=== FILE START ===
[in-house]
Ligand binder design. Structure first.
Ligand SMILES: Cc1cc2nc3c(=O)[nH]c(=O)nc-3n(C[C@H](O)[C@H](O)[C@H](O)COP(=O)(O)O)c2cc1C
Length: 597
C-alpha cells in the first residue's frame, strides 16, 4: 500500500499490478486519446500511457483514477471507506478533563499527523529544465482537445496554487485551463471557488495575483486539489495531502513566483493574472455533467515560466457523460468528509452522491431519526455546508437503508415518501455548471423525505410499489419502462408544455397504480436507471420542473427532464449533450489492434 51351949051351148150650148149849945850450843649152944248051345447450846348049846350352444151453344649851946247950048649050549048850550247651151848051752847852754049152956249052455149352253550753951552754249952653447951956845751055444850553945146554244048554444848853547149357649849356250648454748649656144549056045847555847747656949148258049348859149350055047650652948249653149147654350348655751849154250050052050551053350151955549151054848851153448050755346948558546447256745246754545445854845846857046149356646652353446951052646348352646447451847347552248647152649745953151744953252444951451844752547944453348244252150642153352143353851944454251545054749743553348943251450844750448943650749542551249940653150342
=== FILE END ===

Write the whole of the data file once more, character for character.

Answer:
[in-house]
Ligand binder design. Structure first.
Ligand SMILES: Cc1cc2nc3c(=O)[nH]c(=O)nc-3n(C[C@H](O)[C@H](O)[C@H](O)COP(=O)(O)O)c2cc1C
Length: 597
C-alpha cells in the first residue's frame, strides 16, 4: 500500500499490478486519446500511457483514477471507506478533563499527523529544465482537445496554487485551463471557488495575483486539489495531502513566483493574472455533467515560466457523460468528509452522491431519526455546508437503508415518501455548471423525505410499489419502462408544455397504480436507471420542473427532464449533450489492434 51351949051351148150650148149849945850450843649152944248051345447450846348049846350352444151453344649851946247950048649050549048850550247651151848051752847852754049152956249052455149352253550753951552754249952653447951956845751055444850553945146554244048554444848853547149357649849356250648454748649656144549056045847555847747656949148258049348859149350055047650652948249653149147654350348655751849154250050052050551053350151955549151054848851153448050755346948558546447256745246754545445854845846857046149356646652353446951052646348352646447451847347552248647152649745953151744953252444951451844752547944453348244252150642153352143353851944454251545054749743553348943251450844750448943650749542551249940653150342